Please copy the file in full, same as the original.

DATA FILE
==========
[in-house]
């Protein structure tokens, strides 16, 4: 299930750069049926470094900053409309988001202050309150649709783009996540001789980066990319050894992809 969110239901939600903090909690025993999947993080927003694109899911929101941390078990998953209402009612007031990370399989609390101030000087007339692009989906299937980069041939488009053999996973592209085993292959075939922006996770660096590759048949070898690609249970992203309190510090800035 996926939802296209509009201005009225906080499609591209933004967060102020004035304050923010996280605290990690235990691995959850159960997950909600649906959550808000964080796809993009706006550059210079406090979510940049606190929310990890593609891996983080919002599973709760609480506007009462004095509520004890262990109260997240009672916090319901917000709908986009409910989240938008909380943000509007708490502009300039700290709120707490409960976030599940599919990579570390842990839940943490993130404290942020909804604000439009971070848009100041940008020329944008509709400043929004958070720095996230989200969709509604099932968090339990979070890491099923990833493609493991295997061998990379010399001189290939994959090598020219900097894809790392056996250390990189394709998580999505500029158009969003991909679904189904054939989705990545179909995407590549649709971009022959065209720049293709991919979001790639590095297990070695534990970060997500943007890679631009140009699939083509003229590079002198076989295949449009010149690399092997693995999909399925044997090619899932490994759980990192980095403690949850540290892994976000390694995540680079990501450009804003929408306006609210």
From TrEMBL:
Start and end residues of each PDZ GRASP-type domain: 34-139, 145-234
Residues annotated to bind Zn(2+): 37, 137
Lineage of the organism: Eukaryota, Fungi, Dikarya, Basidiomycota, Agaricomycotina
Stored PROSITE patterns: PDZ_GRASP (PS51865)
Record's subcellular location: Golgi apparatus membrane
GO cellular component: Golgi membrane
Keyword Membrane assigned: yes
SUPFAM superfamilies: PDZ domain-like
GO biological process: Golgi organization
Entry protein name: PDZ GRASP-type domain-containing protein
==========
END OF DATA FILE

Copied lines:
[in-house]
């Protein structure tokens, strides 16, 4: 299930750069049926470094900053409309988001202050309150649709783009996540001789980066990319050894992809 969110239901939600903090909690025993999947993080927003694109899911929101941390078990998953209402009612007031990370399989609390101030000087007339692009989906299937980069041939488009053999996973592209085993292959075939922006996770660096590759048949070898690609249970992203309190510090800035 996926939802296209509009201005009225906080499609591209933004967060102020004035304050923010996280605290990690235990691995959850159960997950909600649906959550808000964080796809993009706006550059210079406090979510940049606190929310990890593609891996983080919002599973709760609480506007009462004095509520004890262990109260997240009672916090319901917000709908986009409910989240938008909380943000509007708490502009300039700290709120707490409960976030599940599919990579570390842990839940943490993130404290942020909804604000439009971070848009100041940008020329944008509709400043929004958070720095996230989200969709509604099932968090339990979070890491099923990833493609493991295997061998990379010399001189290939994959090598020219900097894809790392056996250390990189394709998580999505500029158009969003991909679904189904054939989705990545179909995407590549649709971009022959065209720049293709991919979001790639590095297990070695534990970060997500943007890679631009140009699939083509003229590079002198076989295949449009010149690399092997693995999909399925044997090619899932490994759980990192980095403690949850540290892994976000390694995540680079990501450009804003929408306006609210």
From TrEMBL:
Start and end residues of each PDZ GRASP-type domain: 34-139, 145-234
Residues annotated to bind Zn(2+): 37, 137
Lineage of the organism: Eukaryota, Fungi, Dikarya, Basidiomycota, Agaricomycotina
Stored PROSITE patterns: PDZ_GRASP (PS51865)
Record's subcellular location: Golgi apparatus membrane
GO cellular component: Golgi membrane
Keyword Membrane assigned: yes
SUPFAM superfamilies: PDZ domain-like
GO biological process: Golgi organization
Entry protein name: PDZ GRASP-type domain-containing protein